Richard George Lipsey is a Canadian economist born in 1928, who has been Professor at Simon Fraser University for most of his academic career. He has also held professorial posts at the London School of Economics, Essex University and Queen’s University in Kingston, as well as visiting professorships at Yale, the University of California at Berkeley, Manchester, and the University of British Columbia.
Richard Lipsey is mostly known for his article, co-authored with Kelvin Lancaster “The General Theory of Second Best”, 1956, in which they postulated the theory of second best, which aims at finding an optimum when Pareto optimality cannot be found. The main idea in their article is that, when a constraint prevents the fulfilment of one of the conditions required to obtain an optimum equilibrium, the other conditions are in general no longer desirable. The optimum situation in this case can be attained only by neglecting the other conditions. Indeed, this new optimum is called “second best” because a Paretian optimum cannot be attained.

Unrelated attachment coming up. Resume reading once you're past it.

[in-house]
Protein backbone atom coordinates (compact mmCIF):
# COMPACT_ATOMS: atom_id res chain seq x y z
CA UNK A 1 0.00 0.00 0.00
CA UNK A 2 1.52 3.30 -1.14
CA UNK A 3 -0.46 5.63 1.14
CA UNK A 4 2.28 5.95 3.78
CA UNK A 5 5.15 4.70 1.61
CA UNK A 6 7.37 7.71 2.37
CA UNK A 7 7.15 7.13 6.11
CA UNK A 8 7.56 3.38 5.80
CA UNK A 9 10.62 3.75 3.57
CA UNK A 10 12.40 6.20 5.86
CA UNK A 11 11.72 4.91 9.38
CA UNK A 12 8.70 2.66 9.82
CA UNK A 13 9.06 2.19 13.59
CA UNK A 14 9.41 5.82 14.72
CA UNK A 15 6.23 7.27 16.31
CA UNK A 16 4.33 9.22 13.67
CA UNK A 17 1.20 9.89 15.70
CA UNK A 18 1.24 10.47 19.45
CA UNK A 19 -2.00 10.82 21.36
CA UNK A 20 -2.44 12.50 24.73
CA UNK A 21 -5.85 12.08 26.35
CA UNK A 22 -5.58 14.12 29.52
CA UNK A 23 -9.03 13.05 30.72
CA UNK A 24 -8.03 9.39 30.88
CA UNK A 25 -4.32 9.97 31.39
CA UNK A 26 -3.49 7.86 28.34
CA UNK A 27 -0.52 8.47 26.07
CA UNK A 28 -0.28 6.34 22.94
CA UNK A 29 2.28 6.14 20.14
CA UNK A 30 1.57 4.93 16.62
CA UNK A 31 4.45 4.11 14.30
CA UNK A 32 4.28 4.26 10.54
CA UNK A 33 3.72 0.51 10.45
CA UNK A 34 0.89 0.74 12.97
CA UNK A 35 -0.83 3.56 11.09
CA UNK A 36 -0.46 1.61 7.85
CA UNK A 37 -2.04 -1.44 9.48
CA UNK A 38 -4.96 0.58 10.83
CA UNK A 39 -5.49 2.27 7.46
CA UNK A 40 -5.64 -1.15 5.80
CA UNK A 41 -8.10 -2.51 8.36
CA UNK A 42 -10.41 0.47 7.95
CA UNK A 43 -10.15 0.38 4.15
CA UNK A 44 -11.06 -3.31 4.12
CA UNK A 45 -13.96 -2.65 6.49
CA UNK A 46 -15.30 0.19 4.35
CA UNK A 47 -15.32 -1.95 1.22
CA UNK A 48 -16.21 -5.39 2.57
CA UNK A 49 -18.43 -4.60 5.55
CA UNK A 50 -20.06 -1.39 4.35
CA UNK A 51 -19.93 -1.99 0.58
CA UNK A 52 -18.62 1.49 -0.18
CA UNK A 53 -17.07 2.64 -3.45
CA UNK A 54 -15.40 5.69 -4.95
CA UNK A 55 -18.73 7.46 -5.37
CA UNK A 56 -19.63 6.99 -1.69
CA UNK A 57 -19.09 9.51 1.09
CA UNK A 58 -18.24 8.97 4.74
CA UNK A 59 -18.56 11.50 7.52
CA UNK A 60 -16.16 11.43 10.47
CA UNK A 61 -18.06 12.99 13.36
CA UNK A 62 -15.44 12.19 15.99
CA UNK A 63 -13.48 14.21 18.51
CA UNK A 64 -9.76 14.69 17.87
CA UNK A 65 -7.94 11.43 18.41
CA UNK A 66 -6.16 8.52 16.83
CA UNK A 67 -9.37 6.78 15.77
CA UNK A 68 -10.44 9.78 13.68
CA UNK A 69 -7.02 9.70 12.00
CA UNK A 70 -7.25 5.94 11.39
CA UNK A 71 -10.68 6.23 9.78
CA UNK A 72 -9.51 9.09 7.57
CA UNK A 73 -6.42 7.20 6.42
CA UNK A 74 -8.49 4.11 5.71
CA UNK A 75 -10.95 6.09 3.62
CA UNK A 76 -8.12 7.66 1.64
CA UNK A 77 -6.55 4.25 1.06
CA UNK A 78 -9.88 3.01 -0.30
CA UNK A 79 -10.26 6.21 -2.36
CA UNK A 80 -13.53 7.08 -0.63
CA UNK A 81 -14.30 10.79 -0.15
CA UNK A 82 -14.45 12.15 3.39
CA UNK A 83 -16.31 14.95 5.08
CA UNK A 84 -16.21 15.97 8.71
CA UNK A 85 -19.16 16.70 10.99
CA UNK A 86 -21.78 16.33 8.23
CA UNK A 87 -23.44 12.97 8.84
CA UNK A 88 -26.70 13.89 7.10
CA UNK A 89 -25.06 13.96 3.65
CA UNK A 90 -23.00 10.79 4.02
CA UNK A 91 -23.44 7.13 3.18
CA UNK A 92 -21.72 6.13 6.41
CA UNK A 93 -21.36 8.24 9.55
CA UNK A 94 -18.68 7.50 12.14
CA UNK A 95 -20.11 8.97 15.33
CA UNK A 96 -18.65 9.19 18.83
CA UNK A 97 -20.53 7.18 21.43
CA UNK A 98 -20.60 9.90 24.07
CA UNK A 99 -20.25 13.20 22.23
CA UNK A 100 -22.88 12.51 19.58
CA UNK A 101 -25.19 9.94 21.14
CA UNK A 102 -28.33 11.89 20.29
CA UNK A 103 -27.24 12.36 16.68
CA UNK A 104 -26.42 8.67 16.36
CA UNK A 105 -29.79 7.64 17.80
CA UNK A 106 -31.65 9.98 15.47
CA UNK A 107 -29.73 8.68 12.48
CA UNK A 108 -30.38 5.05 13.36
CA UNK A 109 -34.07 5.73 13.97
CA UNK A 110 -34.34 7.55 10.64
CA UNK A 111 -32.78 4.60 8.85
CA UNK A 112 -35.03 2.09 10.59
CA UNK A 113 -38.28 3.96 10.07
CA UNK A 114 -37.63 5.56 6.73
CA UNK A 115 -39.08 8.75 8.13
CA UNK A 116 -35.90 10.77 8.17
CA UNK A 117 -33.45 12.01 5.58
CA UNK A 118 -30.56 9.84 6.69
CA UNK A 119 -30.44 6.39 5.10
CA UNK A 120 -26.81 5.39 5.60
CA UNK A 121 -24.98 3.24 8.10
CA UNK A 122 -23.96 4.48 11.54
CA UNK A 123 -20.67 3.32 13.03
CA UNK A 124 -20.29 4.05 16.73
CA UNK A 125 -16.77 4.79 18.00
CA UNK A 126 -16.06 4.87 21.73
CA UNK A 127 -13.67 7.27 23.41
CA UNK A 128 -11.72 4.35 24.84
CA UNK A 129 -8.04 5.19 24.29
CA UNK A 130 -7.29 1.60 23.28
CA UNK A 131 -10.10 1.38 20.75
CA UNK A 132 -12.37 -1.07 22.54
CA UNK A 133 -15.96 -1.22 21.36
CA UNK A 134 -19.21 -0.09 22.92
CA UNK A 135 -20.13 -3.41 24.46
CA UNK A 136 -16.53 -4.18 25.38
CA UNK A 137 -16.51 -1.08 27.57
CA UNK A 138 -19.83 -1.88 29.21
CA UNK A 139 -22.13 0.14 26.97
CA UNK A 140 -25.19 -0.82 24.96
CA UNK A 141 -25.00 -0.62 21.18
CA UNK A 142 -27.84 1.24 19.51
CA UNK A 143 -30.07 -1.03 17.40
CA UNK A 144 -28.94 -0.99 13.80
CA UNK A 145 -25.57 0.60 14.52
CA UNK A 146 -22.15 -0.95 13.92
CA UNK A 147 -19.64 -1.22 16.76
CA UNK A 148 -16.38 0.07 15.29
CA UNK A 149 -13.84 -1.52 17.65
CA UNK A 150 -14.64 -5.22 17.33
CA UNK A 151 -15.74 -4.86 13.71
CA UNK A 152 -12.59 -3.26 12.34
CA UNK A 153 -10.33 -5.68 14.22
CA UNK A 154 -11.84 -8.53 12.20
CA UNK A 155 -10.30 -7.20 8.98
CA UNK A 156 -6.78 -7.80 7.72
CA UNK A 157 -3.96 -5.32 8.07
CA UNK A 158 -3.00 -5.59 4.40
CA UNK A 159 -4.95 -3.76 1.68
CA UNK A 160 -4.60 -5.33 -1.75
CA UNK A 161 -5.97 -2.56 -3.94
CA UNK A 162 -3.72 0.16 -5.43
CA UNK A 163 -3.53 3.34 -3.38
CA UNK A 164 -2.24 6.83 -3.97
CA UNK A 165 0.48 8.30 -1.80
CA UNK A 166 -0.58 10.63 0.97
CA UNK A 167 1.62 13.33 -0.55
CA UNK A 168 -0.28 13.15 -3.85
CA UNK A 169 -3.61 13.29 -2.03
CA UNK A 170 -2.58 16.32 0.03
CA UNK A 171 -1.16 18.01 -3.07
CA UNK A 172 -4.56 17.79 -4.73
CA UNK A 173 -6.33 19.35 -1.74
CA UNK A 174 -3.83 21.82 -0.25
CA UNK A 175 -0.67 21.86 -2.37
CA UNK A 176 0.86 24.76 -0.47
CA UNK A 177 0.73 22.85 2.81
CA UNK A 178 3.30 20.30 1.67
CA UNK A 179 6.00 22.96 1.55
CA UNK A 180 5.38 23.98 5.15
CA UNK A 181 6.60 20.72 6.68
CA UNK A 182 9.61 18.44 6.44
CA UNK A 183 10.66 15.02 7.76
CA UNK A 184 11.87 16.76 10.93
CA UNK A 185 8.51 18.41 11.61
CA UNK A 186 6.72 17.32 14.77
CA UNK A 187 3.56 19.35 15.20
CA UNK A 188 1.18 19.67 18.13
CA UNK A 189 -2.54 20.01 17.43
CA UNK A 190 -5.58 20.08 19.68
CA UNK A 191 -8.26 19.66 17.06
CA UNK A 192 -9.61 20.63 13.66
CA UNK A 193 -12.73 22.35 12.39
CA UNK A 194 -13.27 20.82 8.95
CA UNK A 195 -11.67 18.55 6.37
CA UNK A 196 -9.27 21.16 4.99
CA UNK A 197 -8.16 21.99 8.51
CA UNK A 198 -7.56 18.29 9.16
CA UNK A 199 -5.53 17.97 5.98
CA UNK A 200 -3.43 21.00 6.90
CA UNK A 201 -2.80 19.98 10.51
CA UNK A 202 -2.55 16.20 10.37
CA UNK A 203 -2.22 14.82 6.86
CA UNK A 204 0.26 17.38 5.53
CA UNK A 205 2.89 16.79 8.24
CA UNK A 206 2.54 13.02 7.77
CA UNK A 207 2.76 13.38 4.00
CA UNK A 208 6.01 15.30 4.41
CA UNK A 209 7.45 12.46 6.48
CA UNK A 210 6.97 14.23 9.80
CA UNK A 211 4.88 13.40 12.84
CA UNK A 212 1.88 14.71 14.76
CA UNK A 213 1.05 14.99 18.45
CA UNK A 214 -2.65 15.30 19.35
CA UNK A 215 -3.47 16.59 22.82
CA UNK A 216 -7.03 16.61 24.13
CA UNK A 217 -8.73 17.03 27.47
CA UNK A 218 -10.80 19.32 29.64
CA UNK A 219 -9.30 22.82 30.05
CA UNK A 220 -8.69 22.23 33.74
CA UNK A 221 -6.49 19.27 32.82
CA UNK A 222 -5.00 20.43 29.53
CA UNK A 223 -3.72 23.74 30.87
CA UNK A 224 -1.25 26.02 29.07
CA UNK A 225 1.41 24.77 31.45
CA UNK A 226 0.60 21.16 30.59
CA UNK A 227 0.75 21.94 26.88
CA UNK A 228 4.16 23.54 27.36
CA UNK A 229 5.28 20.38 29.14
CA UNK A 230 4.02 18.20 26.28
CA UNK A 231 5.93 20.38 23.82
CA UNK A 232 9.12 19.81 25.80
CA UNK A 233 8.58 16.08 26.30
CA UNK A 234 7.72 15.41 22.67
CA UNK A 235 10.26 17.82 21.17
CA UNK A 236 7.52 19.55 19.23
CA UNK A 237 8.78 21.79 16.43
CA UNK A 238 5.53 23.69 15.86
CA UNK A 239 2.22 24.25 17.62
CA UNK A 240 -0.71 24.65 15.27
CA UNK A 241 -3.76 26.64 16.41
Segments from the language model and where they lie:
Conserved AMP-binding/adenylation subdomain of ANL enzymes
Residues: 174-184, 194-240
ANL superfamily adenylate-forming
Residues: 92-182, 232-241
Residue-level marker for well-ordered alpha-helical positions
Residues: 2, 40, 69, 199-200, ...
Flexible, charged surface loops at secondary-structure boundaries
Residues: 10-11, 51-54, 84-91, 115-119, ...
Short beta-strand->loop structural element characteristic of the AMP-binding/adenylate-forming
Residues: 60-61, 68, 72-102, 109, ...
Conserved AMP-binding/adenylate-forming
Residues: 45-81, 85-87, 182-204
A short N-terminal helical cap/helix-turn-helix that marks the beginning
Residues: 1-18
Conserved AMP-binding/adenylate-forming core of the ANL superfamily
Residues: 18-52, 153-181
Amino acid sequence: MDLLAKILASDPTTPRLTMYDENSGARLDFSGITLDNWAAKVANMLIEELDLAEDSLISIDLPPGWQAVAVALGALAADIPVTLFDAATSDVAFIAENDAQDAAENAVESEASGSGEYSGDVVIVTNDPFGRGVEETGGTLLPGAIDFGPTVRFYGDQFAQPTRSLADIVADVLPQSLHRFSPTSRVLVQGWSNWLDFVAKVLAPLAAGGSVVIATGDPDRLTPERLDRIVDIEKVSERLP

Other of his notorious contributions to economic science includes expanding on the mathematics concerning the Phillip’s curve as well as carrying out further econometrical tests. However, for the most part of his career, Richard Lipsey has centred his work on welfare economics, especially on the analysis of positive economics.